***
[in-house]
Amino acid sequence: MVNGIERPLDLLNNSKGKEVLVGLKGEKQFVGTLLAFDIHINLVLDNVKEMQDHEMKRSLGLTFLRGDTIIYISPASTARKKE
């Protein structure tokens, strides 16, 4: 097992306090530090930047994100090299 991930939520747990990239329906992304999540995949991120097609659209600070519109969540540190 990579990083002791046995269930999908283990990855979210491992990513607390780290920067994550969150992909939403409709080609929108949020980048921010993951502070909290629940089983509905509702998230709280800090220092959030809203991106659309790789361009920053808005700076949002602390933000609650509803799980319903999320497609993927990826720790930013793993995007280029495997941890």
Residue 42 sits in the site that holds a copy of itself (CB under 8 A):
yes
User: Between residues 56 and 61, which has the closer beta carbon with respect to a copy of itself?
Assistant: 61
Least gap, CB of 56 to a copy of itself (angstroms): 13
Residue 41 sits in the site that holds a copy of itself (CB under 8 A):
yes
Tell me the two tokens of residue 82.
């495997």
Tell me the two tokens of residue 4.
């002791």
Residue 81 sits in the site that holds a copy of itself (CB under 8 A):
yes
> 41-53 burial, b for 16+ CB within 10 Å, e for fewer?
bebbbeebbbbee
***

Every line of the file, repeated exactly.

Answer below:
[in-house]
Amino acid sequence: MVNGIERPLDLLNNSKGKEVLVGLKGEKQFVGTLLAFDIHINLVLDNVKEMQDHEMKRSLGLTFLRGDTIIYISPASTARKKE
């Protein structure tokens, strides 16, 4: 097992306090530090930047994100090299 991930939520747990990239329906992304999540995949991120097609659209600070519109969540540190 990579990083002791046995269930999908283990990855979210491992990513607390780290920067994550969150992909939403409709080609929108949020980048921010993951502070909290629940089983509905509702998230709280800090220092959030809203991106659309790789361009920053808005700076949002602390933000609650509803799980319903999320497609993927990826720790930013793993995007280029495997941890």
Residue 42 sits in the site that holds a copy of itself (CB under 8 A):
yes
User: Between residues 56 and 61, which has the closer beta carbon with respect to a copy of itself?
Assistant: 61
Least gap, CB of 56 to a copy of itself (angstroms): 13
Residue 41 sits in the site that holds a copy of itself (CB under 8 A):
yes
Tell me the two tokens of residue 82.
């495997």
Tell me the two tokens of residue 4.
């002791």
Residue 81 sits in the site that holds a copy of itself (CB under 8 A):
yes
> 41-53 burial, b for 16+ CB within 10 Å, e for fewer?
bebbbeebbbbee